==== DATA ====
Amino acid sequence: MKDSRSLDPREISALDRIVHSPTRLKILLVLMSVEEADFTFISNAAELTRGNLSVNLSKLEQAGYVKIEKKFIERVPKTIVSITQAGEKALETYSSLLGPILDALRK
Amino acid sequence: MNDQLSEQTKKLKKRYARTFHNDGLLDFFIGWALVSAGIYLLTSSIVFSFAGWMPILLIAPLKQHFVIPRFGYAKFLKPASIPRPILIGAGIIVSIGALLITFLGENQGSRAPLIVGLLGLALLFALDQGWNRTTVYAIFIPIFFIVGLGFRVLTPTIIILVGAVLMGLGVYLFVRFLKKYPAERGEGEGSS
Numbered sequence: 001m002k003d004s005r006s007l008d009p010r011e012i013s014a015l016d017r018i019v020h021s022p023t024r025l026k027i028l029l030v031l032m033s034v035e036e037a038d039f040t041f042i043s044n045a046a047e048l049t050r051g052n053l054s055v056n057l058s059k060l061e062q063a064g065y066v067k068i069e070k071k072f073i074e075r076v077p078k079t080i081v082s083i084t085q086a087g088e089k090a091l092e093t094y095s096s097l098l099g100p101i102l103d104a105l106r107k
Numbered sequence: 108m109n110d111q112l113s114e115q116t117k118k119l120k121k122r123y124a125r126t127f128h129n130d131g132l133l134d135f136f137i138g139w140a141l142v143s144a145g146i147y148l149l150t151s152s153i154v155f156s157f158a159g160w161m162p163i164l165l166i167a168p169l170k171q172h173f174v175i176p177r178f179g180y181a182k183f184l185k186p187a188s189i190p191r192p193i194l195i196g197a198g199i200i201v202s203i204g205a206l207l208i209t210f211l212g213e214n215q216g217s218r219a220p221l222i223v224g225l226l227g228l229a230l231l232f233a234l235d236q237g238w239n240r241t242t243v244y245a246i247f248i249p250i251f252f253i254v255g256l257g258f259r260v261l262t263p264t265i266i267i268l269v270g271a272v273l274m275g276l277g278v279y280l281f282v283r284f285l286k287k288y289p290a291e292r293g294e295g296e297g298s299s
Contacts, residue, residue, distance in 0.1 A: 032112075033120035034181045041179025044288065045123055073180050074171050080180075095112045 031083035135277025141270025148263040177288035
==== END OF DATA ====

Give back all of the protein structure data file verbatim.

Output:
Amino acid sequence: MKDSRSLDPREISALDRIVHSPTRLKILLVLMSVEEADFTFISNAAELTRGNLSVNLSKLEQAGYVKIEKKFIERVPKTIVSITQAGEKALETYSSLLGPILDALRK
Amino acid sequence: MNDQLSEQTKKLKKRYARTFHNDGLLDFFIGWALVSAGIYLLTSSIVFSFAGWMPILLIAPLKQHFVIPRFGYAKFLKPASIPRPILIGAGIIVSIGALLITFLGENQGSRAPLIVGLLGLALLFALDQGWNRTTVYAIFIPIFFIVGLGFRVLTPTIIILVGAVLMGLGVYLFVRFLKKYPAERGEGEGSS
Numbered sequence: 001m002k003d004s005r006s007l008d009p010r011e012i013s014a015l016d017r018i019v020h021s022p023t024r025l026k027i028l029l030v031l032m033s034v035e036e037a038d039f040t041f042i043s044n045a046a047e048l049t050r051g052n053l054s055v056n057l058s059k060l061e062q063a064g065y066v067k068i069e070k071k072f073i074e075r076v077p078k079t080i081v082s083i084t085q086a087g088e089k090a091l092e093t094y095s096s097l098l099g100p101i102l103d104a105l106r107k
Numbered sequence: 108m109n110d111q112l113s114e115q116t117k118k119l120k121k122r123y124a125r126t127f128h129n130d131g132l133l134d135f136f137i138g139w140a141l142v143s144a145g146i147y148l149l150t151s152s153i154v155f156s157f158a159g160w161m162p163i164l165l166i167a168p169l170k171q172h173f174v175i176p177r178f179g180y181a182k183f184l185k186p187a188s189i190p191r192p193i194l195i196g197a198g199i200i201v202s203i204g205a206l207l208i209t210f211l212g213e214n215q216g217s218r219a220p221l222i223v224g225l226l227g228l229a230l231l232f233a234l235d236q237g238w239n240r241t242t243v244y245a246i247f248i249p250i251f252f253i254v255g256l257g258f259r260v261l262t263p264t265i266i267i268l269v270g271a272v273l274m275g276l277g278v279y280l281f282v283r284f285l286k287k288y289p290a291e292r293g294e295g296e297g298s299s
Contacts, residue, residue, distance in 0.1 A: 032112075033120035034181045041179025044288065045123055073180050074171050080180075095112045 031083035135277025141270025148263040177288035